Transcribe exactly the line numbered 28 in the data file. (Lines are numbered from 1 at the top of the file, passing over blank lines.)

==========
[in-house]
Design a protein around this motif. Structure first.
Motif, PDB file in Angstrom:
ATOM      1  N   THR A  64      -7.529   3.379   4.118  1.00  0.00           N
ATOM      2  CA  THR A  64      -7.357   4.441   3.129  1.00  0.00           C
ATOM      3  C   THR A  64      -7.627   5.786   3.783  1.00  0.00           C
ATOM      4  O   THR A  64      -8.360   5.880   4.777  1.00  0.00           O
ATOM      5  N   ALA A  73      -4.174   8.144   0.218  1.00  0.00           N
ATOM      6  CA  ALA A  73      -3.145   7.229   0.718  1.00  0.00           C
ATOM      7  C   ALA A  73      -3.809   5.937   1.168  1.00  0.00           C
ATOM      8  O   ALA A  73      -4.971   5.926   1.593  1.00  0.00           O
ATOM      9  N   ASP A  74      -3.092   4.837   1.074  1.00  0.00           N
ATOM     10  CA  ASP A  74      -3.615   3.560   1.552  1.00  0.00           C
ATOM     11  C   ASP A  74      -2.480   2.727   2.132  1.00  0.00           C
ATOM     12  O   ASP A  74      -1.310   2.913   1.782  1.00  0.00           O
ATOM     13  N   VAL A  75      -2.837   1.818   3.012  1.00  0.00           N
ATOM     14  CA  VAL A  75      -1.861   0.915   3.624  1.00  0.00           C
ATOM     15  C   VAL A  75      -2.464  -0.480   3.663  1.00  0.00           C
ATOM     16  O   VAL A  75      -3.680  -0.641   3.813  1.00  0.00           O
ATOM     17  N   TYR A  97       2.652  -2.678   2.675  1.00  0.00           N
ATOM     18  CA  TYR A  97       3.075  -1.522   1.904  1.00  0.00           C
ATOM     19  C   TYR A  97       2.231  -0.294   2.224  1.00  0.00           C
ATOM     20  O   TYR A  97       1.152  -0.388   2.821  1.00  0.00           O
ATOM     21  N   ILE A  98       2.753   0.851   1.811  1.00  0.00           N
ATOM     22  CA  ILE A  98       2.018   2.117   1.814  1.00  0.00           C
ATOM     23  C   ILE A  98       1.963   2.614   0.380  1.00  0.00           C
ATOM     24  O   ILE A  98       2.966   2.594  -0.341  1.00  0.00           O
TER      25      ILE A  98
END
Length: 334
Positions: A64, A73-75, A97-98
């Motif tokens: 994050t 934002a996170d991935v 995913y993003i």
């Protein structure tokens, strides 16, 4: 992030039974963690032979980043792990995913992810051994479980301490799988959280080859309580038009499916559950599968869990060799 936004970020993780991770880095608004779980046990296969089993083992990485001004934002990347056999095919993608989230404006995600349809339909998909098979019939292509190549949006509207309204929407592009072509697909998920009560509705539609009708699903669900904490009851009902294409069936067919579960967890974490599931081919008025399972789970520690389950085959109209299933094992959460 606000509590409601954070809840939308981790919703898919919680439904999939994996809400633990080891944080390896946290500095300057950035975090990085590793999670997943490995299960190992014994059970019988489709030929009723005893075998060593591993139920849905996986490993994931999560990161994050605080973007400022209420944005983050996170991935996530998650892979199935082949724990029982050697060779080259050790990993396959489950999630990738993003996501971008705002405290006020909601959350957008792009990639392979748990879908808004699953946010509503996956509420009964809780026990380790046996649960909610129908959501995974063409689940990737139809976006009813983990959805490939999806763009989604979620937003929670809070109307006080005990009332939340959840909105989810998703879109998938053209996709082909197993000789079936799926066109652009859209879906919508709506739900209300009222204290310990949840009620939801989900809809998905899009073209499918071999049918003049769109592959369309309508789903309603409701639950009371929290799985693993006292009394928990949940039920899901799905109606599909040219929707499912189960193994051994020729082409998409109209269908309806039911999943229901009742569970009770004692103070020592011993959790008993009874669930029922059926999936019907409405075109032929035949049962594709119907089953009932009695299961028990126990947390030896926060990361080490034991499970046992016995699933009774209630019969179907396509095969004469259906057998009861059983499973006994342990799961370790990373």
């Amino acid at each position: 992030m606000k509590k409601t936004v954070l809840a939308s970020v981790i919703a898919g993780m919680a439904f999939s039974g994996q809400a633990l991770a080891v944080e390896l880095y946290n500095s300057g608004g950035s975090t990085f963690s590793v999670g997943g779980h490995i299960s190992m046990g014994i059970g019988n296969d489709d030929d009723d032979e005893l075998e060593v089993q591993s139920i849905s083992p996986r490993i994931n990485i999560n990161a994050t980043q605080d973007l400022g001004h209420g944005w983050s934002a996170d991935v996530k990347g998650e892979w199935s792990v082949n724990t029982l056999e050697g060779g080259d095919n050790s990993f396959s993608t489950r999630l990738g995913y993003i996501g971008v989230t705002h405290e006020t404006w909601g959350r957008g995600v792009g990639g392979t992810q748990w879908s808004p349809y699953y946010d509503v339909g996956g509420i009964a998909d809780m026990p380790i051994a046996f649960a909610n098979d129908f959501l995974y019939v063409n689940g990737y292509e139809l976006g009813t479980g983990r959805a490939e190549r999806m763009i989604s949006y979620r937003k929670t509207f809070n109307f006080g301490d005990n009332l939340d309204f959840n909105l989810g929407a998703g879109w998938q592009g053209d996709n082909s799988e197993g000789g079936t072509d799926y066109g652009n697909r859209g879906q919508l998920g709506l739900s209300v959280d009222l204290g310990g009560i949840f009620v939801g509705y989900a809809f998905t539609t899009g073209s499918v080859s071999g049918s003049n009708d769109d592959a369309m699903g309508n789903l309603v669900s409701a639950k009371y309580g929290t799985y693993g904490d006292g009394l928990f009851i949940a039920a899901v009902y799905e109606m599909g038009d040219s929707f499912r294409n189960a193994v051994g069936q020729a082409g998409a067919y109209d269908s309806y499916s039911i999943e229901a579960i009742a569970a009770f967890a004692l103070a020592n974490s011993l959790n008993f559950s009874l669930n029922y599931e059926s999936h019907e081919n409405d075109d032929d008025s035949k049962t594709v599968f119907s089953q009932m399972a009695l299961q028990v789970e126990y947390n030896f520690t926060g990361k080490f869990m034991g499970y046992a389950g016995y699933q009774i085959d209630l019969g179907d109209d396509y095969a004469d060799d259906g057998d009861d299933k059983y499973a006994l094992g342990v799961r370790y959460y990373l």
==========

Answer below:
TER      25      ILE A  98